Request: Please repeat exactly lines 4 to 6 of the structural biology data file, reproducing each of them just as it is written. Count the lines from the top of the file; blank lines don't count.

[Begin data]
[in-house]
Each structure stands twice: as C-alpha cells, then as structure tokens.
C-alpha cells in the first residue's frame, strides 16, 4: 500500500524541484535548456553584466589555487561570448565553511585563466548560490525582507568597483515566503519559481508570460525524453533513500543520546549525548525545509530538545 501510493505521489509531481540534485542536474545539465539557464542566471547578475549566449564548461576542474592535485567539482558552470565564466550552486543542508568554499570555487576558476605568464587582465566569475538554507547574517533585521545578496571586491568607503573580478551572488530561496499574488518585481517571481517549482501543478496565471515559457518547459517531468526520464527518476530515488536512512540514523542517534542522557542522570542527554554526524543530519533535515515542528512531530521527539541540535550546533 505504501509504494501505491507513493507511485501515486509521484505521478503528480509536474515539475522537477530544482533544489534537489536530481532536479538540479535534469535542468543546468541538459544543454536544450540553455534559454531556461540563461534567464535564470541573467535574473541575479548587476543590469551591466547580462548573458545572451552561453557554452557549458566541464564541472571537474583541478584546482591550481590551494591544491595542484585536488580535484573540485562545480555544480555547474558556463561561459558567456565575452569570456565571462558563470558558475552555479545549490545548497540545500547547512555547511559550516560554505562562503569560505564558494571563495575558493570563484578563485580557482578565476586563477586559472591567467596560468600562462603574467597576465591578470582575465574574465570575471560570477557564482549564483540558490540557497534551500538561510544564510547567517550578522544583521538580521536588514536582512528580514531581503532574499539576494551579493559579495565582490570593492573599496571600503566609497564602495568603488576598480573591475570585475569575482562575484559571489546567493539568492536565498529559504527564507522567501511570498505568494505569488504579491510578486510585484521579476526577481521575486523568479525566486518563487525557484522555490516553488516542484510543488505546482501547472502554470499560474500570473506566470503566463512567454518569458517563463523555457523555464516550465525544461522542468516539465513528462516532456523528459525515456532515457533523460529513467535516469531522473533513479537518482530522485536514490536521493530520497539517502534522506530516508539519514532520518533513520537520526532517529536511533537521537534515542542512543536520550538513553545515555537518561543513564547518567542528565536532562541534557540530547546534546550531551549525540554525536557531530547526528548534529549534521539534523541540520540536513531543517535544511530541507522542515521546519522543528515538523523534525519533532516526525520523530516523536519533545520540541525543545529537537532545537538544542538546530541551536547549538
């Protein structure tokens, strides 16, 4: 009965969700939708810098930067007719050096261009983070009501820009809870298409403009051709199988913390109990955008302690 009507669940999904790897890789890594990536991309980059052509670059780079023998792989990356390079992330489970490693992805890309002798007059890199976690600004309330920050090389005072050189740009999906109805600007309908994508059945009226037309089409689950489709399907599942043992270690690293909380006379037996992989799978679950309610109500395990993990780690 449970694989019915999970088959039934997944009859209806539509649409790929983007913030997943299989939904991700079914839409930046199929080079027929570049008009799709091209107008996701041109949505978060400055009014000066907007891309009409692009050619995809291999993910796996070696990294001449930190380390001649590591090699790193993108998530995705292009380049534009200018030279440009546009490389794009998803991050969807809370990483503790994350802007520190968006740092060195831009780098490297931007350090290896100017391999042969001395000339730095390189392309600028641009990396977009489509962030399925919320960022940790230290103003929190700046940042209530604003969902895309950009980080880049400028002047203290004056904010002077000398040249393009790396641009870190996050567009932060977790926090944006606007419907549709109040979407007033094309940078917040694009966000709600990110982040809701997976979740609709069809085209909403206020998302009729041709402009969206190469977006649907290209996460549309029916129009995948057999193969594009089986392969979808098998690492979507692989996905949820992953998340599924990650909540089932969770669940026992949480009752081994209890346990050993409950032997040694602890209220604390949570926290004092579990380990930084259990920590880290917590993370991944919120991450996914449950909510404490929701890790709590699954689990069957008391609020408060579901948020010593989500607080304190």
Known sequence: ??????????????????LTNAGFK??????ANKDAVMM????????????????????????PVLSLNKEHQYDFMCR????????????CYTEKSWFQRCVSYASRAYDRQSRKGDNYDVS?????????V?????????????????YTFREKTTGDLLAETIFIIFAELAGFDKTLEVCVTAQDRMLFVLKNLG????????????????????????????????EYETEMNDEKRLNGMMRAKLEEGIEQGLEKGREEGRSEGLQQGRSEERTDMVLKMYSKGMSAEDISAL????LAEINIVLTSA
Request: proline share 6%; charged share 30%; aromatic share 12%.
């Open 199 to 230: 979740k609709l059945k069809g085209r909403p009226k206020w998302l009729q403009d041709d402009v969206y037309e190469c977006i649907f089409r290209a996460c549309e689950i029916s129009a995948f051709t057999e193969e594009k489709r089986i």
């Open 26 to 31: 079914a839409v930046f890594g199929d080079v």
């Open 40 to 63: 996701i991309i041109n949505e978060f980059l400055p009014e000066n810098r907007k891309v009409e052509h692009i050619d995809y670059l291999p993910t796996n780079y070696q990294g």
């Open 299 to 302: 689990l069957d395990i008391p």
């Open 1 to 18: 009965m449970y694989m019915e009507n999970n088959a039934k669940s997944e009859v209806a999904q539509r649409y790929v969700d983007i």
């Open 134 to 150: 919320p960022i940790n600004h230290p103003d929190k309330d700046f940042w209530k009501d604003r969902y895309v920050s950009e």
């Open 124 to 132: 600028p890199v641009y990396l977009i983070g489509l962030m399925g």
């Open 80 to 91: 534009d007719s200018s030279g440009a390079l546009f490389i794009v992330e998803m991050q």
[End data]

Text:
């Protein structure tokens, strides 16, 4: 009965969700939708810098930067007719050096261009983070009501820009809870298409403009051709199988913390109990955008302690 009507669940999904790897890789890594990536991309980059052509670059780079023998792989990356390079992330489970490693992805890309002798007059890199976690600004309330920050090389005072050189740009999906109805600007309908994508059945009226037309089409689950489709399907599942043992270690690293909380006379037996992989799978679950309610109500395990993990780690 449970694989019915999970088959039934997944009859209806539509649409790929983007913030997943299989939904991700079914839409930046199929080079027929570049008009799709091209107008996701041109949505978060400055009014000066907007891309009409692009050619995809291999993910796996070696990294001449930190380390001649590591090699790193993108998530995705292009380049534009200018030279440009546009490389794009998803991050969807809370990483503790994350802007520190968006740092060195831009780098490297931007350090290896100017391999042969001395000339730095390189392309600028641009990396977009489509962030399925919320960022940790230290103003929190700046940042209530604003969902895309950009980080880049400028002047203290004056904010002077000398040249393009790396641009870190996050567009932060977790926090944006606007419907549709109040979407007033094309940078917040694009966000709600990110982040809701997976979740609709069809085209909403206020998302009729041709402009969206190469977006649907290209996460549309029916129009995948057999193969594009089986392969979808098998690492979507692989996905949820992953998340599924990650909540089932969770669940026992949480009752081994209890346990050993409950032997040694602890209220604390949570926290004092579990380990930084259990920590880290917590993370991944919120991450996914449950909510404490929701890790709590699954689990069957008391609020408060579901948020010593989500607080304190």
Known sequence: ??????????????????LTNAGFK??????ANKDAVMM????????????????????????PVLSLNKEHQYDFMCR????????????CYTEKSWFQRCVSYASRAYDRQSRKGDNYDVS?????????V?????????????????YTFREKTTGDLLAETIFIIFAELAGFDKTLEVCVTAQDRMLFVLKNLG????????????????????????????????EYETEMNDEKRLNGMMRAKLEEGIEQGLEKGREEGRSEGLQQGRSEERTDMVLKMYSKGMSAEDISAL????LAEINIVLTSA
Request: proline share 6%; charged share 30%; aromatic share 12%.